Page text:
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Title: Coogan, Michael (Brother Declan) to Coogan, William, 1876
CollectionCarlow-Coogan Letters
SenderCoogan, Michael (Brother Declan)
Sender Gendermale
Sender Occupationmonk/shoemaker
Sender Religionunknown
OriginMt. Melleray, Cappoquin, Co. Waterford
DestinationHarlem, NYC, USA
RecipientCoogan, William
Recipient Gendermale
Doc. No.
Partial Date
Doc. Type
Word Count746
Genrehis mother's recovery, religious commentary, a relative's financial situatoin, commentary on poverty, donations
TranscriptMount Melleray, Cappoquin, County Waterford
December 16, 1876

Note at top of first page: Keep the photographs that I sent from damp.

My Dear Br.,
I feel overjoyed just now on hearing of my poor Mother enjoying good health and continuing to discharge her religious duties so exactly and to be consequently preparing for the all-important moment that will decide her lot for eternity. That's the great duty you should all be exact in discharging for if you neglect that all will go wrong, and Salvation cannot be obtained. Live in charity and peace with everyone, and if you observe in the conduct of anyone what you would not expect or what would not be right, be always ready to forgive and pray for those in particular that God may open their eyes, that they may see their own improper conduct and be converted from their evil ways. I hope you'll try and make my poor Mother as happy as you can that thus she may be the better able to bear her many trials with resignation and patience. You all have trials and trouble, and who is there who has not (precisely no one), so let us have courage and trust in God who will not abandon us if we be faithful to his law and His grace. Let us think of the beautiful home that awaits us in recompense for our fidelity, a beautiful home, compared with which all that we can imagine is no more than the feeble glimmering of a nightlight to the brilliancy of the noonday Sun.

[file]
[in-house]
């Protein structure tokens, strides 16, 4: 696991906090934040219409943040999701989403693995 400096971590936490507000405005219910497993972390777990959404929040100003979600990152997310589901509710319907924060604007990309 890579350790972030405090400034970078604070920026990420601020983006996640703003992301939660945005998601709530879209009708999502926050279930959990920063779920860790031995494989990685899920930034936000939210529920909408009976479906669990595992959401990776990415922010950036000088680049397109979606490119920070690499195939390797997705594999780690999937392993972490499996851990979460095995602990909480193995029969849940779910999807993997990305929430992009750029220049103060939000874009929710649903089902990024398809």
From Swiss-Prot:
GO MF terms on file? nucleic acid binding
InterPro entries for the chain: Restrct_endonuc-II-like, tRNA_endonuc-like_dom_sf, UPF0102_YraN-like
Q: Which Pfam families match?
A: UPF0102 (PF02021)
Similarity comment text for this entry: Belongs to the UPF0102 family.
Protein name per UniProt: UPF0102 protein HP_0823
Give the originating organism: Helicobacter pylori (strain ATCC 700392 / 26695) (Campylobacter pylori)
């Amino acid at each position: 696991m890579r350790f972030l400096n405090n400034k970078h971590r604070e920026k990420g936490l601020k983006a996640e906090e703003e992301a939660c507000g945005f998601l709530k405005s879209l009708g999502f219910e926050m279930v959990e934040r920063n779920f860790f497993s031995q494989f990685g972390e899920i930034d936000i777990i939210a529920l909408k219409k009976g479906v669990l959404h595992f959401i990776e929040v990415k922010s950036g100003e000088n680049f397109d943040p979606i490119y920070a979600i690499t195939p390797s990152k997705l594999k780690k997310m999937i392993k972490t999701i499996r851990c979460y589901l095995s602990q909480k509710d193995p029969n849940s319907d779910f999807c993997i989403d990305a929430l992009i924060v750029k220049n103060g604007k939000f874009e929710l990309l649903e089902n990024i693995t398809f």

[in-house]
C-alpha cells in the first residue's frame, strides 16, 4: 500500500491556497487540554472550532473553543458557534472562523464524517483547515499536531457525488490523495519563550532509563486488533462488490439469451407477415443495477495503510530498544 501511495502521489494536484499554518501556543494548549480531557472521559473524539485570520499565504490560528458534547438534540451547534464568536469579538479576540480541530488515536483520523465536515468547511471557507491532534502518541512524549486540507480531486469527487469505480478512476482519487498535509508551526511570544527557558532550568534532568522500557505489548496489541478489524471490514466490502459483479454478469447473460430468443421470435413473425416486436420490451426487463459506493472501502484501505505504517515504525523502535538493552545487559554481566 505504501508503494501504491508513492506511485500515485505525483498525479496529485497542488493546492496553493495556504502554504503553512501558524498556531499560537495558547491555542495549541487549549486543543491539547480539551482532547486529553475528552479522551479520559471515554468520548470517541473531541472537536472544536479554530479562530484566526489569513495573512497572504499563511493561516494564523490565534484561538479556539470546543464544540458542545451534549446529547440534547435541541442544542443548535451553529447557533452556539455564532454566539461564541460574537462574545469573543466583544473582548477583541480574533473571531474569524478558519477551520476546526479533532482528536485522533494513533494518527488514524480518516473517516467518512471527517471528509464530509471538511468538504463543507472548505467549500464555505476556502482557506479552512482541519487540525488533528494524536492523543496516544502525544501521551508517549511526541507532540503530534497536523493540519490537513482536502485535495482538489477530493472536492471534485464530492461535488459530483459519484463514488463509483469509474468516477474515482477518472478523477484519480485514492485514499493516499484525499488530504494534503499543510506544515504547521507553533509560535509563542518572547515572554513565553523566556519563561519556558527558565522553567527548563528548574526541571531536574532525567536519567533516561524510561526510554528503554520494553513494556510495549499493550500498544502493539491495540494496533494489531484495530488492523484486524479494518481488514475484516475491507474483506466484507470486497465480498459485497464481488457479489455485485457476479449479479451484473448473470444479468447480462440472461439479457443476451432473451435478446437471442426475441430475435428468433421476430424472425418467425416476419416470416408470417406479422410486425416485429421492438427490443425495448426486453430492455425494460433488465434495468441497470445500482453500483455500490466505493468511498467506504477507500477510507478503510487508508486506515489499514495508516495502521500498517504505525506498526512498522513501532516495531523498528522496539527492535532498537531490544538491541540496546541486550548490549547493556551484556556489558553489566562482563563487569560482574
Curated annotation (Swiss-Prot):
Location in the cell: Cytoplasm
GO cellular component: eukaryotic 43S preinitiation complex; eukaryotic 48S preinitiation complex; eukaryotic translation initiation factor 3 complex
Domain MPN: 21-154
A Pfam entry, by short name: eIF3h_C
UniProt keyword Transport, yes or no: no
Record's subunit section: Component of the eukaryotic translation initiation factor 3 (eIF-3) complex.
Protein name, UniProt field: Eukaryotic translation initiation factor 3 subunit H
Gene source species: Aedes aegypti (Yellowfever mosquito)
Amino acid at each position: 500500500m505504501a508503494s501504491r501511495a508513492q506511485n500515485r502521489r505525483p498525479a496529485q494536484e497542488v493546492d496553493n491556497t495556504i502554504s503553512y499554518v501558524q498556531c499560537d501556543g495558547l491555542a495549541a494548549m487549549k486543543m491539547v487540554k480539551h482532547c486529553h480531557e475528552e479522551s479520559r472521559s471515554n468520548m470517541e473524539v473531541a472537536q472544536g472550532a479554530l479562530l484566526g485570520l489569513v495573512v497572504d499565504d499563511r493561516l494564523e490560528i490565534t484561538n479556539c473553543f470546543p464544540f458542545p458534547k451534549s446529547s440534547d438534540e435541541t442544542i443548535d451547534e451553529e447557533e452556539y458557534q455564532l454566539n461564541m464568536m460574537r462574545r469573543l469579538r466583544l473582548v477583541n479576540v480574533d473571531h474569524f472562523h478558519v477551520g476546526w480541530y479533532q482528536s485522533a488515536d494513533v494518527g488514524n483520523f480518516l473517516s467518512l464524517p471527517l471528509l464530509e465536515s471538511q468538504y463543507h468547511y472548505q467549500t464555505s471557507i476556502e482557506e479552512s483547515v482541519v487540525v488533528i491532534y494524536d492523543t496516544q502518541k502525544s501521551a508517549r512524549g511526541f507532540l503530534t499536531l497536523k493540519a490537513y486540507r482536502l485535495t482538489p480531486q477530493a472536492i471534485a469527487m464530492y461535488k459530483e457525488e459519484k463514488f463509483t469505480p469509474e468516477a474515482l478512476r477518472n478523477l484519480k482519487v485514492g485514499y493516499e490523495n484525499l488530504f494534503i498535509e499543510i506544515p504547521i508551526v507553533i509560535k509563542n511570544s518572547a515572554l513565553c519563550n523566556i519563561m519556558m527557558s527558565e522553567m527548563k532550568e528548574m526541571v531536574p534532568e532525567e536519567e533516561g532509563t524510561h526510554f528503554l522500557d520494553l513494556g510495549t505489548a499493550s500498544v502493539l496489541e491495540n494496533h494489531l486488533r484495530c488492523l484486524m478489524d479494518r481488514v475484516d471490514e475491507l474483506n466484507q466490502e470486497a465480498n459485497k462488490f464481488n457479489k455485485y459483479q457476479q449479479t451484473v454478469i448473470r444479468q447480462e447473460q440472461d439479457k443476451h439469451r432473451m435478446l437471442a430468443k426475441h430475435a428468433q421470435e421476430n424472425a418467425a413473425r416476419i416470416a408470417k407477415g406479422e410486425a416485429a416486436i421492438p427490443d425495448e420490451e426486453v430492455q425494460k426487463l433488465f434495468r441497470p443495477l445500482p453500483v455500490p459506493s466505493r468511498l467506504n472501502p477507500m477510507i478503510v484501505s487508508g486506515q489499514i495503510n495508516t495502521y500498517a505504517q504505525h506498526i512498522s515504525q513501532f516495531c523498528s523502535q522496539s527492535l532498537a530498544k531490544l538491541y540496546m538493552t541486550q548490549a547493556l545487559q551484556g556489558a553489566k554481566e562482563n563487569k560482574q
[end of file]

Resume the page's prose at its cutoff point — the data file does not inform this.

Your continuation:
I feel very happy indeed and I'm grateful to our Good Master who has brought me from the many trials of a deluding world, from its lurid uncharitableness, from its dreaming fictitious frivolities, and from the glaring, sordid immorality of its deluded votaries, those deluded wretches who are rushing headlong down the current of life to be drowned in the ocean of a miserable eternity, if not converted. So take courage and fight the good fight. Serve God as well as you can and God will never forsake you but will have a crown prepared for us far more beautiful than the gorgeousness of the crimson sunset in all its splendour.
You need not be surprised at my omitting Mary Byrne's name in my letters, for I frequently shed tears when I think of her. I had such a regard for her always. I never had on earth a relative I loved as much as her. I love her now as much as ever, and I'm constantly praying for her spiritual and temporal welfare, and I frequently cry tears of love and compassion when I think she is in hardship. I hope you will all help her as well as you can and treat her as if she was living with you. I'm delighted to hear that she is still kind to my poor mother. Tell her from me (I mean Mary Meaney) that she need not be uneasy about sending money, till God will send her more means. I'll have the prayers of the Community offered for her every day in union with you all.
I was delighted to hear of the expected amelioration consequent on the recent election. I would wish to know as soon as convenient what is the improvement in the administration to be, or will the old President remain. I like to know these matters. You often heard the old saying 'enough is enough.' I think if that phrase was directed to the poverty that has lately existed in America it would be verified to the letter.
I hope none amongst you were so unfortunate as to be numbered among the victims, or even the spectators of the Brooklyn Theatre. Let me know next time if any of my poor neighbours or friends have suffered. Remember me to all the family and tell poor Mathew that if I offended him on a former occasion by some forlorn [?] rude [?] word I said in my letter, I now ask his pardon and tell him write to me soon. I like so much to hear from him. The Superiors are most thankful to my mother for her kind donation which I'm very glad for her own soul's sake she has wisely sent. I'll send my likeness to her as soon as I can. Pray for me you all. May God's blessing be with you all. Yours, etc. Br. Declan Coogan